Duluth Women’s March Joins Hundreds Across Country Supporting Reproductive Rights

This comes after a controversial new law was enacted in Texas, banning abortions once cardiac activity is detected usually around six weeks

DULUTH, Minn.- A Women’s March in Duluth Saturday joined hundreds across the country taking to the streets in support of reproductive rights, which they say are under attack with recent abortion legislation.

The march started outside the St. Louis county courthouse and marched to the Clayton Jackson McGhie Memorial on First Street.

The group in Duluth marched down First Street as the first big Women’s March of the Biden administration reached the steps of the U.S. Supreme Court, just before their start of a new term that will decide the future of abortion rights in the United States.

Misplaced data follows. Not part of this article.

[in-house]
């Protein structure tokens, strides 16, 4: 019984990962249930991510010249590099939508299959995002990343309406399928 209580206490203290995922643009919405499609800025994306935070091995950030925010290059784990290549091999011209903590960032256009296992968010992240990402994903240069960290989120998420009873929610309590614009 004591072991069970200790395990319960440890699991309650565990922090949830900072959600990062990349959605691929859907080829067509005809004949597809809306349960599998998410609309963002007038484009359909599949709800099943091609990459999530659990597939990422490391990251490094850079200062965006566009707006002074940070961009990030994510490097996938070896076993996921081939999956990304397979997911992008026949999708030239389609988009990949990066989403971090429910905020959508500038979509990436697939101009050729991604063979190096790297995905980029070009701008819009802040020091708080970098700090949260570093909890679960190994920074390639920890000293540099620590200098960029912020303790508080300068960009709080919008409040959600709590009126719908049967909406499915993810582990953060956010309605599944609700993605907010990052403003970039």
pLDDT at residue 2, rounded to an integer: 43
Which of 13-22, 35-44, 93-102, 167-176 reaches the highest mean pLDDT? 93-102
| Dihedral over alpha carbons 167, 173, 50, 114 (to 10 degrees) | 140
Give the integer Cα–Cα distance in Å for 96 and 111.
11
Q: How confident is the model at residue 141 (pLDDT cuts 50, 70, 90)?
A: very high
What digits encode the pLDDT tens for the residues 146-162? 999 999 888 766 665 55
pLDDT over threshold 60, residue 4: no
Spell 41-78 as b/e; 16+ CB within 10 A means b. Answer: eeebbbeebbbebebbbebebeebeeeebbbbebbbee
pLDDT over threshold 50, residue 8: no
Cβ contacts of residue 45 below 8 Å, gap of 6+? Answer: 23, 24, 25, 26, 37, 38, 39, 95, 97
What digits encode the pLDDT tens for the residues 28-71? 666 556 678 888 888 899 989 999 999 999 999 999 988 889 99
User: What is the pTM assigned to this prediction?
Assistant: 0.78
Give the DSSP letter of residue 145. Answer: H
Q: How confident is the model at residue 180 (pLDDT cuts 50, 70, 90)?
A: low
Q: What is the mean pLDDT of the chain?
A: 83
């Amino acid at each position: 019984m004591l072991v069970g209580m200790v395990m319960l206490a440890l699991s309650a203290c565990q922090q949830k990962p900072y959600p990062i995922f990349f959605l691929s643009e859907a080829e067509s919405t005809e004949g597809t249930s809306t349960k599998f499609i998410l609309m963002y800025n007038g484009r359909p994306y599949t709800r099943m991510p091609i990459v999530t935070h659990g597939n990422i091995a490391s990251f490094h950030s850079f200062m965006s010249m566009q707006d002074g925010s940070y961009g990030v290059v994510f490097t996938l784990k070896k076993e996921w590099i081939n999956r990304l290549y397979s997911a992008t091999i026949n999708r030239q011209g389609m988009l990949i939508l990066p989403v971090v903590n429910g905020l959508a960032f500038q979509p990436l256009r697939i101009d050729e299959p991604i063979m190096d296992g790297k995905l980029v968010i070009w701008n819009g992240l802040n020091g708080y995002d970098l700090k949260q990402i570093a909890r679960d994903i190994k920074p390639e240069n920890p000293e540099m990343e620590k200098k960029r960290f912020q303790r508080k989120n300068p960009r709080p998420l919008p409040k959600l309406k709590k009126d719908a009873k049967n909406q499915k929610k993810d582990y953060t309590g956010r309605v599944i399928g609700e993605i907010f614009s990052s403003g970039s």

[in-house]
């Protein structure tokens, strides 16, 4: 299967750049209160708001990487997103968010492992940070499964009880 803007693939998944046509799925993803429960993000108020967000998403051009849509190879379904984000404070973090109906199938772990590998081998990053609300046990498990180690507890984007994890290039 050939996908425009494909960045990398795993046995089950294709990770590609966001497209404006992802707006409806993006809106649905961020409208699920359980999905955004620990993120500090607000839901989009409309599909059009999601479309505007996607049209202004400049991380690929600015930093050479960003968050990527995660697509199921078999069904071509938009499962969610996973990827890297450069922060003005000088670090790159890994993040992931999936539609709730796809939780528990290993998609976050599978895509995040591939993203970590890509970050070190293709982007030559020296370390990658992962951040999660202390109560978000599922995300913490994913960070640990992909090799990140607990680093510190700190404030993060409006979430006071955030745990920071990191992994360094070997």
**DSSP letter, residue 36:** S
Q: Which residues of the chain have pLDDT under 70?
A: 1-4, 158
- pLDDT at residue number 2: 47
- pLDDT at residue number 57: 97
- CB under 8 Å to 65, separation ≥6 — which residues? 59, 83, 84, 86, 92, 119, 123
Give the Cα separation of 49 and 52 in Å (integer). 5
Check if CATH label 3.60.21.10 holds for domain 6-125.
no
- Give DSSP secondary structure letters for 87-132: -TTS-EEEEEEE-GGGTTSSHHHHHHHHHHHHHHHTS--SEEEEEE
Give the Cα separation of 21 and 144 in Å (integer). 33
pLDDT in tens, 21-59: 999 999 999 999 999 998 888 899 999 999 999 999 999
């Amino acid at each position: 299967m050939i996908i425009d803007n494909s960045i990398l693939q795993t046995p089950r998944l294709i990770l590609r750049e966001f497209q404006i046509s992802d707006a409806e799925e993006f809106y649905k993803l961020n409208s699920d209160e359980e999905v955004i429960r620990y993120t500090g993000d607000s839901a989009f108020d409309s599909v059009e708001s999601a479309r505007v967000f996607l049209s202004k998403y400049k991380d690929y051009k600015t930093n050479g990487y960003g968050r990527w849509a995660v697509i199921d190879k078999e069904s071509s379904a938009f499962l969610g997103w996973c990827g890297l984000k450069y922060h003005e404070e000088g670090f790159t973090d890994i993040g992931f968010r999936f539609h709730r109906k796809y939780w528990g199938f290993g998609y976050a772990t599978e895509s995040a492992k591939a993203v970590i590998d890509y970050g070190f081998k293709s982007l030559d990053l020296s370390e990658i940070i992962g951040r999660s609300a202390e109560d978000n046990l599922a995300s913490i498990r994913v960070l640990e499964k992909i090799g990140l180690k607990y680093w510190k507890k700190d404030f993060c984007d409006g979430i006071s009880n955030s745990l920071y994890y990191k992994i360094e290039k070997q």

The marches come after a controversial new law was enacted in Texas, banning abortions once cardiac activity is detected usually around six weeks — before some women know they are pregnant — without exceptions for rape or incest.

The law also allows any private citizen to sue Texas abortion providers who violate the law, as well as anyone who “aids or abets” a woman or girl getting the procedure. Abortion patients themselves, however, cannot be sued. The person who sues does not have to have a connection to the person getting an abortion and is entitled to at least $10,000 in damages if they prevail in court.

Organizers in Duluth Saturday said other states are looking to follow suit with Texas in drafting restrictive abortion laws, so it’s important communities stand with women nationwide.

“I would like women in the community to know that we in the community, to know that we stand with all of us, we stand as a community for our reproductive rights, and we will not let them be trampled on, it is not acceptable,” said Cassandra Carlson, the Duluth Women’s March host.

Among the many cities where demonstrations took place were New York, Los Angeles, Phoenix, and Springfield, Illinois.

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